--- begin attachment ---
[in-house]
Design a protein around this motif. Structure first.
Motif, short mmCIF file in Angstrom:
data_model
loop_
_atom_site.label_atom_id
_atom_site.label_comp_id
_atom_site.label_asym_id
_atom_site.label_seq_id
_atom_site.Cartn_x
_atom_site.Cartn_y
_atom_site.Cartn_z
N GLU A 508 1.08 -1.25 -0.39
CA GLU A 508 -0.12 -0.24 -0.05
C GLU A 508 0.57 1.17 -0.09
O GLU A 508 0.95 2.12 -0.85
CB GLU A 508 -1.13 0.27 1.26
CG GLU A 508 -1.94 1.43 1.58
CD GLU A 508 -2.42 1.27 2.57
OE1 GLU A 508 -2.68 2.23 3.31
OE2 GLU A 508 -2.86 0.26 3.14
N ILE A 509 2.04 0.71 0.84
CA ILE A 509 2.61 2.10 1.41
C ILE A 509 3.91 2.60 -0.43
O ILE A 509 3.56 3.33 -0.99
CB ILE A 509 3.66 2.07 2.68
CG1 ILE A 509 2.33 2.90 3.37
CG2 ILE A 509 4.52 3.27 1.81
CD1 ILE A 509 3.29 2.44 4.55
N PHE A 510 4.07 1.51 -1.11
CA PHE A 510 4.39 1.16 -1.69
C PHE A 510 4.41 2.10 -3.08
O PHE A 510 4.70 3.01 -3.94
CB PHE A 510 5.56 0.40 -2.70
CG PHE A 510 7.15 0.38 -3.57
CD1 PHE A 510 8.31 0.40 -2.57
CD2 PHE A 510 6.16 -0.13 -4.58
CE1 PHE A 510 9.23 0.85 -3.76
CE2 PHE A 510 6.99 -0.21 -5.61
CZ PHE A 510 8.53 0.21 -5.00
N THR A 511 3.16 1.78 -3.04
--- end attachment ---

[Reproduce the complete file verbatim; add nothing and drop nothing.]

[in-house]
Design a protein around this motif. Structure first.
Motif, short mmCIF file in Angstrom:
data_model
loop_
_atom_site.label_atom_id
_atom_site.label_comp_id
_atom_site.label_asym_id
_atom_site.label_seq_id
_atom_site.Cartn_x
_atom_site.Cartn_y
_atom_site.Cartn_z
N GLU A 508 1.08 -1.25 -0.39
CA GLU A 508 -0.12 -0.24 -0.05
C GLU A 508 0.57 1.17 -0.09
O GLU A 508 0.95 2.12 -0.85
CB GLU A 508 -1.13 0.27 1.26
CG GLU A 508 -1.94 1.43 1.58
CD GLU A 508 -2.42 1.27 2.57
OE1 GLU A 508 -2.68 2.23 3.31
OE2 GLU A 508 -2.86 0.26 3.14
N ILE A 509 2.04 0.71 0.84
CA ILE A 509 2.61 2.10 1.41
C ILE A 509 3.91 2.60 -0.43
O ILE A 509 3.56 3.33 -0.99
CB ILE A 509 3.66 2.07 2.68
CG1 ILE A 509 2.33 2.90 3.37
CG2 ILE A 509 4.52 3.27 1.81
CD1 ILE A 509 3.29 2.44 4.55
N PHE A 510 4.07 1.51 -1.11
CA PHE A 510 4.39 1.16 -1.69
C PHE A 510 4.41 2.10 -3.08
O PHE A 510 4.70 3.01 -3.94
CB PHE A 510 5.56 0.40 -2.70
CG PHE A 510 7.15 0.38 -3.57
CD1 PHE A 510 8.31 0.40 -2.57
CD2 PHE A 510 6.16 -0.13 -4.58
CE1 PHE A 510 9.23 0.85 -3.76
CE2 PHE A 510 6.99 -0.21 -5.61
CZ PHE A 510 8.53 0.21 -5.00
N THR A 511 3.16 1.78 -3.04